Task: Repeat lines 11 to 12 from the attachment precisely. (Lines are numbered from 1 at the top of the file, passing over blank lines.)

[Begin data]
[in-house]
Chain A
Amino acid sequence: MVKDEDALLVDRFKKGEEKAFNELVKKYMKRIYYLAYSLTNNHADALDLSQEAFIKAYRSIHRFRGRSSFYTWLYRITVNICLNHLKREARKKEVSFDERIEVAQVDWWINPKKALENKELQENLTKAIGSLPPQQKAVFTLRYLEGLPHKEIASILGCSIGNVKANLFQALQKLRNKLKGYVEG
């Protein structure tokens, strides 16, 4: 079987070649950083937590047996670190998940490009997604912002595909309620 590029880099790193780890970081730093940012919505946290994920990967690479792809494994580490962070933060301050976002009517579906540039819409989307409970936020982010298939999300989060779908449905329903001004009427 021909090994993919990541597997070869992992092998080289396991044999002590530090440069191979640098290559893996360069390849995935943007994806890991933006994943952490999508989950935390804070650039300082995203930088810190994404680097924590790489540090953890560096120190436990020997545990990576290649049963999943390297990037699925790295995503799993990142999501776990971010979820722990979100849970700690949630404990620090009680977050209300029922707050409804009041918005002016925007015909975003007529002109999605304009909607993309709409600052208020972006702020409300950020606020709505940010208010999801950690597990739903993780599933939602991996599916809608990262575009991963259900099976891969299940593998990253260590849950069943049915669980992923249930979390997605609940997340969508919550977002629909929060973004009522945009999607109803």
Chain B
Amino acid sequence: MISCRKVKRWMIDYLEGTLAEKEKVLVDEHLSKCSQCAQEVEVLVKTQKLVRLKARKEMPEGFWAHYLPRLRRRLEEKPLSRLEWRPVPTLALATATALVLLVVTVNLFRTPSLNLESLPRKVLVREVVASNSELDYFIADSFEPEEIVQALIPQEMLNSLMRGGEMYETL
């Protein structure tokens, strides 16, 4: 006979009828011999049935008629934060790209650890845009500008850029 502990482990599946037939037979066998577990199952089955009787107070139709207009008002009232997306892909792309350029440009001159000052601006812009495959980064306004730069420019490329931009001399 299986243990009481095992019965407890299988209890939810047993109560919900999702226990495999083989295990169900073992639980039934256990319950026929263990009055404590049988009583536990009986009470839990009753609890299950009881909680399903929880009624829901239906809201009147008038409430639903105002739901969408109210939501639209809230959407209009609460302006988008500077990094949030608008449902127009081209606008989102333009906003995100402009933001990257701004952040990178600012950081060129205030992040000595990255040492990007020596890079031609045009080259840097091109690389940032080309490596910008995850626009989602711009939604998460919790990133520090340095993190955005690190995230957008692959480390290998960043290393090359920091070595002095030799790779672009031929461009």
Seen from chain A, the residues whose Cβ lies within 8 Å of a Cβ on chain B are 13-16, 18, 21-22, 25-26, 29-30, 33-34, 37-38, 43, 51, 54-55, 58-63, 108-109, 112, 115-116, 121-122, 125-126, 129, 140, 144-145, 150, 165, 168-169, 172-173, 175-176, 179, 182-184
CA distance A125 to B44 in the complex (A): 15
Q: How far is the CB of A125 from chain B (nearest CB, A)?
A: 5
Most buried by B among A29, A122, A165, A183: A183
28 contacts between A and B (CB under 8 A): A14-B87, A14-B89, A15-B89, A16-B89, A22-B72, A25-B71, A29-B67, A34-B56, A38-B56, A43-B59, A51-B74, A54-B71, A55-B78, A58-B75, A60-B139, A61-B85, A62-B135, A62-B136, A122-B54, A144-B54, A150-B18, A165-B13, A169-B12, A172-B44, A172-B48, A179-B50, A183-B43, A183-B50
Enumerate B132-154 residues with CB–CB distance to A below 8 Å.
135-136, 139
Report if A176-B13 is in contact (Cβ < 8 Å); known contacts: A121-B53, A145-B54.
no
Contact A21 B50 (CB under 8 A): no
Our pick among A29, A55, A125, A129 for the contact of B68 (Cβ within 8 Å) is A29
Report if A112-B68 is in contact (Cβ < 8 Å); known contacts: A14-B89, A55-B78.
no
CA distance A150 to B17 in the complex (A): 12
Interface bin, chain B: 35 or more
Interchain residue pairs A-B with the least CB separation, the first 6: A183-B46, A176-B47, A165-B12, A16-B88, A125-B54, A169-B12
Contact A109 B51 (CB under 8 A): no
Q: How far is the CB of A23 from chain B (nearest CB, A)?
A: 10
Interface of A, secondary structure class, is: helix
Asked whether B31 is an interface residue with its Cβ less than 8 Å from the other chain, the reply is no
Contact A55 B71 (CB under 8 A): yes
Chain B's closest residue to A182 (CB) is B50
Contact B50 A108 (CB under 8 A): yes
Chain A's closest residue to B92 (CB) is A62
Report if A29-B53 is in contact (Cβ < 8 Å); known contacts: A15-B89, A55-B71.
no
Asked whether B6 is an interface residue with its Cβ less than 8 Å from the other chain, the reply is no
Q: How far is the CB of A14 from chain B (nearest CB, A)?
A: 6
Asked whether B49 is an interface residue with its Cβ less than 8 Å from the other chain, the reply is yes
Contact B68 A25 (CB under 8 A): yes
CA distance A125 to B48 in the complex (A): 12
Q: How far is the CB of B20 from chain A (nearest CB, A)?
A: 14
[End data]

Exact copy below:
A: 5
Most buried by B among A29, A122, A165, A183: A183